When Nelly caught Ginny, she didn’t mind.

Example F stands on its own. It’s got a subject, Ginny, and a verb, looked, and the thought’s completed. It’s an independent clause, and it can be a complete sentence on its own.

Still, it’s okay to combine independent clauses with other clauses and phrases to make more interesting and complicated complete sentences.

Ginny looked so hot jerking off.

Ginny looked so hot with Nelly’s vibrator.

Ginny looked so hot that Nelly didn’t mind her playing with other people’s toys.

At Sexy Grammar, we teach writers to create tight, juicy, scantily clad sentences and stories that climax. We incite sexy, bold, free writers. And we combine sexually explicit examples with grammar instruction. You can be a sexy writer, and we can teach you how. We believe that sexy writing is clear, concise, and packed with the delicious, descriptive words that make us all love the art of writing.

Check out more Sexy Grammar lessons. Get a Private Session with the Sexy Grammarian.

Three Kinds of Wuzzy Verb Problems

When we overuse the verb to be, we call the writing wuzzy, as in, This manuscript is boring because it’s full of wuzzies. Wuzzy writing doesn’t break any grammar rules, but looking closely at the grammar of a wuzzy sentence can help make it a sexy sentence.

Wuzzies with Adjectives:

Your thighs are soft, and my heart is hot.

When a to be verb precedes an adjective, consider tacking that adjective to its noun in a tighter, more visual sentence. Maybe like this:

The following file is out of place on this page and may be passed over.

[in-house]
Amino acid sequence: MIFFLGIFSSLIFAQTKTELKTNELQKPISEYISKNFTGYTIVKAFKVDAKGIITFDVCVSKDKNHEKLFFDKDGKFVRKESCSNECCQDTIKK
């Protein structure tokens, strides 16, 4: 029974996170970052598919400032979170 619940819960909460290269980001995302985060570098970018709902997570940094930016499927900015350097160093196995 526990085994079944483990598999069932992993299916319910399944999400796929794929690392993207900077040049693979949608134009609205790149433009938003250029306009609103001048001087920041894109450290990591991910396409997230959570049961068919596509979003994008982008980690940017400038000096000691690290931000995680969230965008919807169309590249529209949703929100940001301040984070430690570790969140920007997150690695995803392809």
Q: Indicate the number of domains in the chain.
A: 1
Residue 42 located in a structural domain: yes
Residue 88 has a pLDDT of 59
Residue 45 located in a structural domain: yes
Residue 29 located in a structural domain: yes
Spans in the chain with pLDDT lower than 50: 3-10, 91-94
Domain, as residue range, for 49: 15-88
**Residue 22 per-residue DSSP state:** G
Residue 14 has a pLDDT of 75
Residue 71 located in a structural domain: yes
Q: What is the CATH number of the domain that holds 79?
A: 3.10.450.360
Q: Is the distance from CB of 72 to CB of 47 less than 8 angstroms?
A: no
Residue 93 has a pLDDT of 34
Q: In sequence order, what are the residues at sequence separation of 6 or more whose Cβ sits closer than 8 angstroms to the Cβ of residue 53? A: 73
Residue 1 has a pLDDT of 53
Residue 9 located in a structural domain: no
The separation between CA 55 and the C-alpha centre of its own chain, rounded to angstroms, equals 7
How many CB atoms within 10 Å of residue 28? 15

Your soft thigh brushes mine, and my heart beats hot.

In these cases, eradicating the wuzzy can save you an entire sentence because you can delete the sentence and add the adjective to that subject in an adjacent sentence.

“Just believe me” or telling wuzzies:

Ava was the babe who walked into the room and set it on fire.

When a to be verb makes a claim without offering any visual example, the reader’s left unconvinced or worse, bored. This is what writing teachers mean about when they say “show—don’t tell.” So fix it by showing.

Ava’s sexy strut and bold energy lit the room on fire.

Wuzzies that create overwriting:

What I hear are your rapid breaths and the air filling your chest, in and out.

When a to be verb is the secondary verb in a sentence, you can usually just cut it, like this:

Air filled his lungs, in and out. I heard nothing else.

Exercise: Use your word processing software’s find or search feature, check the “highlight all” box, and then scan through your document to see how many of each of these verbs you are using: was, are, am, were, is, it’s, would be.

Study the examples above and try to identify with each example you find in your own writing what kind of wuzzy you’ve got. This should make the fixing easier.